Readers may have seen the news article stating that “the long-term goal for qathet Regional District is zero waste requiring disposal” recently in the Peak [“Regional district receives grant for solid-waste centre,” November 15].
This is also the primary goal of the Let’s Talk Trash team (LTT), the presenters at the second monthly lecture in the series organized and sponsored by Climate Action Powell River Society (CAPR).
LTT team’s operation is a supported initiative of the regional district’s waste-reduction education program. Their presentation is entitled “Mapping the Road Ahead to Zero Waste: Upcycling and Climate Action.”
The relationship between waste and greenhouse gas (GHG) emissions is direct and clearly understandable. It is primarily about the use of less energy and preventing increased emissions through a number of pathways.
For example, manufacturing new aluminum cans from old ones uses 1/12 the energy required to make new cans from raw materials. For glass, one ton of CO2 emissions is saved per 315 kilograms of material recycled.
Recycling paper products and packaging greatly reduces the methane emissions from our landfill dumps. It is also about using far less fossil-fuel energy in the manufacture and distribution of paper products and packaging.
If paper can be used over and over again, it will not be rotting and producing methane gas, which is approximately 20 times stronger by volume than CO2 as a greenhouse gas.
An interesting local example is the collection and supply of household compostable material and organic yard waste to Salish Soils, a company near Sechelt that uses these materials in the manufacture of soil. This prevents it from simply decomposing in a landfill and producing methane.
It is interesting to note that many communities have begun to collect the methane from previous deposits of organic material and feed it into the natural gas grid. There is, of course, some profit to be made in doing so.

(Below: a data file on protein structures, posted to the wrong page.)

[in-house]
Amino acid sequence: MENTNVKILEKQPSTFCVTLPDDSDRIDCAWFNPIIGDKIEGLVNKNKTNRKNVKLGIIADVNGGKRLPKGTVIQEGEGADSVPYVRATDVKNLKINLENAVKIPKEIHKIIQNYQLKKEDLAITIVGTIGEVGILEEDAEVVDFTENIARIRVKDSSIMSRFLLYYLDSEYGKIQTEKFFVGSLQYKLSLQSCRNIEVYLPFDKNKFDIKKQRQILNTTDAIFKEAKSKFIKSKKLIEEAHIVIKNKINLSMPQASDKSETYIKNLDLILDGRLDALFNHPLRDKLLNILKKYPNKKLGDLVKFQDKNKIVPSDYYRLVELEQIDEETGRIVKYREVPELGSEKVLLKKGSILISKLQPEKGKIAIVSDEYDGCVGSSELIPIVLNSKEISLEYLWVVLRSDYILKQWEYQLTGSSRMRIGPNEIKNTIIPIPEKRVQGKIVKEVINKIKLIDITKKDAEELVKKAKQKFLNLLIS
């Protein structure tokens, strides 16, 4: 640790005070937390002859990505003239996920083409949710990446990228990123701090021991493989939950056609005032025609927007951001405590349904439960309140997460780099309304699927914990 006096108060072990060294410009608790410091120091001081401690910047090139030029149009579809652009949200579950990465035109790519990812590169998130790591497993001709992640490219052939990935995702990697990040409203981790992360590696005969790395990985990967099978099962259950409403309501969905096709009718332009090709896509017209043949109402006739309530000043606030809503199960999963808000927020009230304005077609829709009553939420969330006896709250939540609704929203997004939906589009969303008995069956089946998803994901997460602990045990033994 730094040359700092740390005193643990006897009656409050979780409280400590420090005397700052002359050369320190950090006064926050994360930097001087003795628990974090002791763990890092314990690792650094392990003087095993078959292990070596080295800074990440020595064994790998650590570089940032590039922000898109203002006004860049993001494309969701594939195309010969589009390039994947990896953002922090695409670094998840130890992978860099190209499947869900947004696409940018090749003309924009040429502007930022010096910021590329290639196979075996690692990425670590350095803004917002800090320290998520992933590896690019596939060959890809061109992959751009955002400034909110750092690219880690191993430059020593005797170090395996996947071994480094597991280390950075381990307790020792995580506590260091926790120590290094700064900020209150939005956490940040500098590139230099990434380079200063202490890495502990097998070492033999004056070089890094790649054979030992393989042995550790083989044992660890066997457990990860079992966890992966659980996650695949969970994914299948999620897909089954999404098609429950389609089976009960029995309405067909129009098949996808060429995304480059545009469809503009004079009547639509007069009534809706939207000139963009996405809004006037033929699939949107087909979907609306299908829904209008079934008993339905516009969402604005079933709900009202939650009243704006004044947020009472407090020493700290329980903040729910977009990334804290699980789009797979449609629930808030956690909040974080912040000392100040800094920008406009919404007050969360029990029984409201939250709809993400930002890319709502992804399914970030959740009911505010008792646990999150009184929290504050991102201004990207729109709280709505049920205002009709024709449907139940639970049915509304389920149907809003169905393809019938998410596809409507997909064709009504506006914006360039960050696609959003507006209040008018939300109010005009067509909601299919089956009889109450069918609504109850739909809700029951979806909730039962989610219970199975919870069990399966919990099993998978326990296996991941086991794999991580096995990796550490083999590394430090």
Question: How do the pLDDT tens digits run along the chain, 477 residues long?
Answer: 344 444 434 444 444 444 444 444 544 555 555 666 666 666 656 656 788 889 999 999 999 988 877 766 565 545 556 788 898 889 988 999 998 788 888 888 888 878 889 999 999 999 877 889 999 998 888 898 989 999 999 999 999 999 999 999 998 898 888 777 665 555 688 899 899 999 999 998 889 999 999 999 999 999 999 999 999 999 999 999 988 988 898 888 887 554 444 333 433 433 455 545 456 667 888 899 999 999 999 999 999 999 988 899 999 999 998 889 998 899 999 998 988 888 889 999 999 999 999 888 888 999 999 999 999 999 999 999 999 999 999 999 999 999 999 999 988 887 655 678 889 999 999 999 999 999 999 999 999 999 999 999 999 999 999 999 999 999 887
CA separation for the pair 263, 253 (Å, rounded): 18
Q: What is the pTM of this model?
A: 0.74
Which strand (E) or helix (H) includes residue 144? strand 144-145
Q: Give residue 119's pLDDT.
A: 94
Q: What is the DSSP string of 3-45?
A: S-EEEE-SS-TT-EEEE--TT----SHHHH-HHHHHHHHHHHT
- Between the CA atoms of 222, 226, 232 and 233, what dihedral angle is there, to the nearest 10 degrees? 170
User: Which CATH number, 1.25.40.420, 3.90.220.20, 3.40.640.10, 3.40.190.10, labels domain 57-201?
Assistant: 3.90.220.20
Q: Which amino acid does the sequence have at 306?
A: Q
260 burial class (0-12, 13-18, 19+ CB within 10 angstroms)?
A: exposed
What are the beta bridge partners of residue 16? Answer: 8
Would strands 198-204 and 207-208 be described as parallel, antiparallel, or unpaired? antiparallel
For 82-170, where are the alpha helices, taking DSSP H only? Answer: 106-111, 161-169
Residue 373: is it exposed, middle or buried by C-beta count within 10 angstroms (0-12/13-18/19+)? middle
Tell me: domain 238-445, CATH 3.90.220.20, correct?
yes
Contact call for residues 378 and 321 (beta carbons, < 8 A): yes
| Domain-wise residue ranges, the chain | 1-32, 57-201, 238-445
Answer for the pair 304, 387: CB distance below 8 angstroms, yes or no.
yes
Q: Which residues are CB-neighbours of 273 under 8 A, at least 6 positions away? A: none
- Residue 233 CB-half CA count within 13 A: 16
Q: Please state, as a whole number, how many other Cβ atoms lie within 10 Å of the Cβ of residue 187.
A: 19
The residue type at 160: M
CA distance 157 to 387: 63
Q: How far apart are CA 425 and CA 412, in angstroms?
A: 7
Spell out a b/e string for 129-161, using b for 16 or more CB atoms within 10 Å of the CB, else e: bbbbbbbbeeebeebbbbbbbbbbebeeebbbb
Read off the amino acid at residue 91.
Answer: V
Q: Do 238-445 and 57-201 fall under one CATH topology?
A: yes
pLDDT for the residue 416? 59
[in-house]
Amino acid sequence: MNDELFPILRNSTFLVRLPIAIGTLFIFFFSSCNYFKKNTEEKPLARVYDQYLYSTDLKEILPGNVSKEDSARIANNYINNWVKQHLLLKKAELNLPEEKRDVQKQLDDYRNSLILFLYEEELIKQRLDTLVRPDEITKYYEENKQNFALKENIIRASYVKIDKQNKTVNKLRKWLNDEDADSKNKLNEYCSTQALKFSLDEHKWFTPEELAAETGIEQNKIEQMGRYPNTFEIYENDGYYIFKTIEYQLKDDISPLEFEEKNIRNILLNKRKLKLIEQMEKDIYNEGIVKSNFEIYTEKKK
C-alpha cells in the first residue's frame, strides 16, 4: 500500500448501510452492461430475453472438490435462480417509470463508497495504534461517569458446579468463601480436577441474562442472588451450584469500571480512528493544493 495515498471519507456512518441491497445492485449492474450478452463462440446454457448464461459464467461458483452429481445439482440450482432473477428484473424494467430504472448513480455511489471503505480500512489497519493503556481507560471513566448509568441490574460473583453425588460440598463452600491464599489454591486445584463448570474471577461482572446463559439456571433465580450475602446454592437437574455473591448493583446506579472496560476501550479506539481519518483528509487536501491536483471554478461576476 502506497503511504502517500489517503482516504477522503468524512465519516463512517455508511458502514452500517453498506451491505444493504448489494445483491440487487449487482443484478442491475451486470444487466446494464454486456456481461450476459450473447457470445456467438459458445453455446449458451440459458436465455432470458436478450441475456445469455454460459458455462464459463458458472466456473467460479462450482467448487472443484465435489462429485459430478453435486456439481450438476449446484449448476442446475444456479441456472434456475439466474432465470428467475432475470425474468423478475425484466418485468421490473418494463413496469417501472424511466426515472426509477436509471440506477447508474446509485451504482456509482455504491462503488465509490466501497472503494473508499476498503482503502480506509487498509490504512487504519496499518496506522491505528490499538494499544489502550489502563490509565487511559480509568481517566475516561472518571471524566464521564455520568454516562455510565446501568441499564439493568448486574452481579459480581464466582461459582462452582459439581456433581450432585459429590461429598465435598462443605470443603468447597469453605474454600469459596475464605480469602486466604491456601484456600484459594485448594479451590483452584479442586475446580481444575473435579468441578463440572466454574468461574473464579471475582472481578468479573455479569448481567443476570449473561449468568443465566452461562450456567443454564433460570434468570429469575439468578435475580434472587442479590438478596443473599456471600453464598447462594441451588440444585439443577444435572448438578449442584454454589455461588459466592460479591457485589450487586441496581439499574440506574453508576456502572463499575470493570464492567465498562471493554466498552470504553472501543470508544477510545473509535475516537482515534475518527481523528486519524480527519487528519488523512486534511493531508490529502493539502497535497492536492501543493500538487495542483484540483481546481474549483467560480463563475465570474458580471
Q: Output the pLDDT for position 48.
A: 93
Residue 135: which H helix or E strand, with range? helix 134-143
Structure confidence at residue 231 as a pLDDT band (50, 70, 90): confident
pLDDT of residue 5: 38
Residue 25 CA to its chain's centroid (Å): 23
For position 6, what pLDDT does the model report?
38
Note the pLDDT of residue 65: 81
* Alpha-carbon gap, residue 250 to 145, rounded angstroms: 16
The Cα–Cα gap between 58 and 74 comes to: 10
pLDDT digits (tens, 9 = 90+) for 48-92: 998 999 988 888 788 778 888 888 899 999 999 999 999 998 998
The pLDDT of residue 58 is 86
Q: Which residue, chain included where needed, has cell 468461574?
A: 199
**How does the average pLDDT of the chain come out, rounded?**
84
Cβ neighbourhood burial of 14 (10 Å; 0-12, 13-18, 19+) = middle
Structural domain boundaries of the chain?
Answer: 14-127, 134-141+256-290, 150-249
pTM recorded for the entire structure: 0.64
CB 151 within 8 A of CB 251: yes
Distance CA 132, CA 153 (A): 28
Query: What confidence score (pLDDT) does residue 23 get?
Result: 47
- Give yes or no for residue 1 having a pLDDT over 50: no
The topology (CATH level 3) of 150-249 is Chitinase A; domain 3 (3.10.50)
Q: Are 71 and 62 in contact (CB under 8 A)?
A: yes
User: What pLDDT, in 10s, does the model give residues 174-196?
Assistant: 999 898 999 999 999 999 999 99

These days, the many reports on plastic in the environment, and indeed in the tissue of living things, including us, highlights the need for tight controls on how it is used, how it is moved and where it ends up. As well, the transportation of all types of packaging needs to be minimized as fossil-fuel consumption is a factor in all phases.
The Let’s Trash Talk team will enlighten us all on how to contribute to the zero-waste effort. They will talk about the why of it all, and ways to eliminate waste by wise resource management.
A multimedia presentation will show and explain examples of waste being converted into useful products, a process known as “upcycling.” Educational resource materials will be available at this opportunity to become well informed on current best practices.
The presentation will involve about one hour of lecture, demonstration and PowerPoint, followed by a question period and group discussion. This will take place from 2 to 4 pm on Saturday, December 8, in the Elm Room at Powell River Recreation Complex. CAPR enthusiastically invites all comers.
Climate Action Powell River Society is a non-profit society committed to helping the residents and businesses of Powell River to reduce their greenhouse gas.